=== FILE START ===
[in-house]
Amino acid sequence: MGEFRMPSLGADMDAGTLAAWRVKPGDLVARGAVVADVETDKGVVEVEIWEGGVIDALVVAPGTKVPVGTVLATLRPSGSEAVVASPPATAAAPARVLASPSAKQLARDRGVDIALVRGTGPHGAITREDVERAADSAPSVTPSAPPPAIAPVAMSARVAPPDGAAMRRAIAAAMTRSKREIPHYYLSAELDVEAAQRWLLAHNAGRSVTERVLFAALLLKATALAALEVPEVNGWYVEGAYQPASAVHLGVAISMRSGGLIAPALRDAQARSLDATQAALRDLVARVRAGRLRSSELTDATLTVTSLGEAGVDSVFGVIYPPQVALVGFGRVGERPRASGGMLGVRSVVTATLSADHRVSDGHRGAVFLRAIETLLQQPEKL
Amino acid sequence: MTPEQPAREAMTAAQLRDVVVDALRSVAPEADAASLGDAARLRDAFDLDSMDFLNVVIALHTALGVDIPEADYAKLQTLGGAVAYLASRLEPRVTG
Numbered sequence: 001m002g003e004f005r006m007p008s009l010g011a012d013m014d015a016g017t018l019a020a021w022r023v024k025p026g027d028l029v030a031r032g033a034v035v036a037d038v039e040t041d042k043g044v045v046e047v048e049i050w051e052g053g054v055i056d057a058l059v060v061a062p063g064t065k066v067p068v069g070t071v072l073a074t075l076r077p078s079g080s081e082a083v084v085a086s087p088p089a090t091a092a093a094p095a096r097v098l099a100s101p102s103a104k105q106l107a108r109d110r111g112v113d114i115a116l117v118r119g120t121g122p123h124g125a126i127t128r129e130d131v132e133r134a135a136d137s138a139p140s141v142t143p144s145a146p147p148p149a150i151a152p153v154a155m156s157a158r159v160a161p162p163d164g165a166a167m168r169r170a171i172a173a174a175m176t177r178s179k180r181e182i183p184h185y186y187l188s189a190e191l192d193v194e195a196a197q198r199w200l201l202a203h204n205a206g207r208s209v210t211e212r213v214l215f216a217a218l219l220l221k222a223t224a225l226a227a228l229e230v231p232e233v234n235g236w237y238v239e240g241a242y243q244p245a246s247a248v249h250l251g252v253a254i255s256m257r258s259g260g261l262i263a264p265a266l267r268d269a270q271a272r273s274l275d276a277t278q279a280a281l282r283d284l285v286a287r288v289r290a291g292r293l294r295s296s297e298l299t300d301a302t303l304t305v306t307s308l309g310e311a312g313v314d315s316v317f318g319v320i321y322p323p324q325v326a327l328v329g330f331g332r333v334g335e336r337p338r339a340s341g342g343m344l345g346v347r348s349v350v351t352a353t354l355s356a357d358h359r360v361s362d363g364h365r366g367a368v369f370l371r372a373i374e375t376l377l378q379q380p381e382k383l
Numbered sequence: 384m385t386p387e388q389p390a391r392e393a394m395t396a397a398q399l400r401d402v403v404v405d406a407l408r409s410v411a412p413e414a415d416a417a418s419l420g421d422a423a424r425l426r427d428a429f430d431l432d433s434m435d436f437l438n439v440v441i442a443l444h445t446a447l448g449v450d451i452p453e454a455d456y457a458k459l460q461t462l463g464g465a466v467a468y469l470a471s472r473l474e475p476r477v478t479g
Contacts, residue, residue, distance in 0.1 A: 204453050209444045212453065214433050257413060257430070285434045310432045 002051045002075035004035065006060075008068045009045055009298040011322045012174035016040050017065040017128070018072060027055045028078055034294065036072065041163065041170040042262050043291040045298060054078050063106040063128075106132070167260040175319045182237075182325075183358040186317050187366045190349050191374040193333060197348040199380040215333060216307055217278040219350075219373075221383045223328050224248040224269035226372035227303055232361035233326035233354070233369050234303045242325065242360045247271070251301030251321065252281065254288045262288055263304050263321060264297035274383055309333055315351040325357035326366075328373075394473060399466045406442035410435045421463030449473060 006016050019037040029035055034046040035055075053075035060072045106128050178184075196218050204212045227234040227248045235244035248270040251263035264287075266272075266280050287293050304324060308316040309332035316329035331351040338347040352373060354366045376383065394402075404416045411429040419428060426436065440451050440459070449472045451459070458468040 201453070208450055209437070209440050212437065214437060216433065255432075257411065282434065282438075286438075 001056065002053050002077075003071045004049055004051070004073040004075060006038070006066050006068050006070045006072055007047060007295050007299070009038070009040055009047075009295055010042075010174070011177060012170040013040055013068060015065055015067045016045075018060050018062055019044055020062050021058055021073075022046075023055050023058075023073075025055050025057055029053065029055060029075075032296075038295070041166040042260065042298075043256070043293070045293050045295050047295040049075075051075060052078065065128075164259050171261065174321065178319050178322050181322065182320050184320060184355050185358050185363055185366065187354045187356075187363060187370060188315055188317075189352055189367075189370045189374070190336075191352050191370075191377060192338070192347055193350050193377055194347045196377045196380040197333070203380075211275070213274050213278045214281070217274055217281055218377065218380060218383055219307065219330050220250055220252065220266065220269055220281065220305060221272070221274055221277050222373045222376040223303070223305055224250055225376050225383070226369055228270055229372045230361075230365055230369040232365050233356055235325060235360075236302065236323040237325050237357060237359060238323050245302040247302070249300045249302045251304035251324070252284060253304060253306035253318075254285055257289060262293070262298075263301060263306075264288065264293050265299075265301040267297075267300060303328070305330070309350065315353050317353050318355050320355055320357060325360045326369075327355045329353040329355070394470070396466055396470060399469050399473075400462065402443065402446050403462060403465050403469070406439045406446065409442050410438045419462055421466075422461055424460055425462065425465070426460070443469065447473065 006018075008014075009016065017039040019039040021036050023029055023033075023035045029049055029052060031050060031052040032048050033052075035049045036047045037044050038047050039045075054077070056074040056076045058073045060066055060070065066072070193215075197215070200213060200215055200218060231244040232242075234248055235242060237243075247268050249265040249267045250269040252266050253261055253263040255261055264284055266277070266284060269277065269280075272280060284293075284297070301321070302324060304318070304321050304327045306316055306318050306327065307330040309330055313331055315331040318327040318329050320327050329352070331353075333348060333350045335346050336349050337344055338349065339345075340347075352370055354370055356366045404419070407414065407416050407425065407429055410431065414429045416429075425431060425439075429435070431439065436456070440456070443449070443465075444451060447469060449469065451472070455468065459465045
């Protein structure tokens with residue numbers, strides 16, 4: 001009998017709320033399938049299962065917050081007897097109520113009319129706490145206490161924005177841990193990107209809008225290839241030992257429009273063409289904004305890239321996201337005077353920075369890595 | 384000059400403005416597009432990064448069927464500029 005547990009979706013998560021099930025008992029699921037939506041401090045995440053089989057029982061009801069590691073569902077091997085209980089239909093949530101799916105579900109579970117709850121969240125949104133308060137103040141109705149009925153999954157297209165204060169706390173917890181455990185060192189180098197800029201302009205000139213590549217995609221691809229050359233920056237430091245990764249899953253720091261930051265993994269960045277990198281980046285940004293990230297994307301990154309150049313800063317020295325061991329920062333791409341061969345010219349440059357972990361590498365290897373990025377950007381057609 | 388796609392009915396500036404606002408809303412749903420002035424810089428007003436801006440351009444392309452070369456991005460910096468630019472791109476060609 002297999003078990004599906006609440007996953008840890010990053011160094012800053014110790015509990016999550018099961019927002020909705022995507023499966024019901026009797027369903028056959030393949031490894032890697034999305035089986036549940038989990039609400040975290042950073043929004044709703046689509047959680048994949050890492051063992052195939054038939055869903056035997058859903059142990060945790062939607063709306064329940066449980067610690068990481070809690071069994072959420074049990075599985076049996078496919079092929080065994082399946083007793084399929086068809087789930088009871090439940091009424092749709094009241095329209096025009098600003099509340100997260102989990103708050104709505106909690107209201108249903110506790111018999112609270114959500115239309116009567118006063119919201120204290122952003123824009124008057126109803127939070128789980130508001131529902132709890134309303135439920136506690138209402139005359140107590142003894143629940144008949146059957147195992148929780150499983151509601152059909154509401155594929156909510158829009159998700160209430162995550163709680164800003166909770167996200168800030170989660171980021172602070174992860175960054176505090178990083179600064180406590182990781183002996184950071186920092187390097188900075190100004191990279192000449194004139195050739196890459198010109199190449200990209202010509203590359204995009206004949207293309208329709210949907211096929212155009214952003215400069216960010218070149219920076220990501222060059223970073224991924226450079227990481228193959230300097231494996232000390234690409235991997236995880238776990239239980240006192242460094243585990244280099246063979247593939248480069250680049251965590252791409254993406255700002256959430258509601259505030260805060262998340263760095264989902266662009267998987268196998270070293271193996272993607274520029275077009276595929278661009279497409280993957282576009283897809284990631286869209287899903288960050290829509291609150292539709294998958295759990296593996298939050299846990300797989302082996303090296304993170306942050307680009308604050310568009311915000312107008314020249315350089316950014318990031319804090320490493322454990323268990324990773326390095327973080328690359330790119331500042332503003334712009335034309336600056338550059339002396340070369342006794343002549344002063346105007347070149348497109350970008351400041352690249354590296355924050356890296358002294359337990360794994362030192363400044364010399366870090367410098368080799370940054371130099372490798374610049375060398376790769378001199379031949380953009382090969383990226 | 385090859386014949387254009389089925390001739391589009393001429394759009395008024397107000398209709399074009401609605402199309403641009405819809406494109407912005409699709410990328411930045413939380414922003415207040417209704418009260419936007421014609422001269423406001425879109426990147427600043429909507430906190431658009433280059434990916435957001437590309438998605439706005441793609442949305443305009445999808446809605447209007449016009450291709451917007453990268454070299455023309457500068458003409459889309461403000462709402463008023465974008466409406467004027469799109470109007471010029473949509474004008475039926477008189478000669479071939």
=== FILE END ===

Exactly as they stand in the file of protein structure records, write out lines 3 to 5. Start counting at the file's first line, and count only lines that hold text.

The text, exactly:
Amino acid sequence: MTPEQPAREAMTAAQLRDVVVDALRSVAPEADAASLGDAARLRDAFDLDSMDFLNVVIALHTALGVDIPEADYAKLQTLGGAVAYLASRLEPRVTG
Numbered sequence: 001m002g003e004f005r006m007p008s009l010g011a012d013m014d015a016g017t018l019a020a021w022r023v024k025p026g027d028l029v030a031r032g033a034v035v036a037d038v039e040t041d042k043g044v045v046e047v048e049i050w051e052g053g054v055i056d057a058l059v060v061a062p063g064t065k066v067p068v069g070t071v072l073a074t075l076r077p078s079g080s081e082a083v084v085a086s087p088p089a090t091a092a093a094p095a096r097v098l099a100s101p102s103a104k105q106l107a108r109d110r111g112v113d114i115a116l117v118r119g120t121g122p123h124g125a126i127t128r129e130d131v132e133r134a135a136d137s138a139p140s141v142t143p144s145a146p147p148p149a150i151a152p153v154a155m156s157a158r159v160a161p162p163d164g165a166a167m168r169r170a171i172a173a174a175m176t177r178s179k180r181e182i183p184h185y186y187l188s189a190e191l192d193v194e195a196a197q198r199w200l201l202a203h204n205a206g207r208s209v210t211e212r213v214l215f216a217a218l219l220l221k222a223t224a225l226a227a228l229e230v231p232e233v234n235g236w237y238v239e240g241a242y243q244p245a246s247a248v249h250l251g252v253a254i255s256m257r258s259g260g261l262i263a264p265a266l267r268d269a270q271a272r273s274l275d276a277t278q279a280a281l282r283d284l285v286a287r288v289r290a291g292r293l294r295s296s297e298l299t300d301a302t303l304t305v306t307s308l309g310e311a312g313v314d315s316v317f318g319v320i321y322p323p324q325v326a327l328v329g330f331g332r333v334g335e336r337p338r339a340s341g342g343m344l345g346v347r348s349v350v351t352a353t354l355s356a357d358h359r360v361s362d363g364h365r366g367a368v369f370l371r372a373i374e375t376l377l378q379q380p381e382k383l
Numbered sequence: 384m385t386p387e388q389p390a391r392e393a394m395t396a397a398q399l400r401d402v403v404v405d406a407l408r409s410v411a412p413e414a415d416a417a418s419l420g421d422a423a424r425l426r427d428a429f430d431l432d433s434m435d436f437l438n439v440v441i442a443l444h445t446a447l448g449v450d451i452p453e454a455d456y457a458k459l460q461t462l463g464g465a466v467a468y469l470a471s472r473l474e475p476r477v478t479g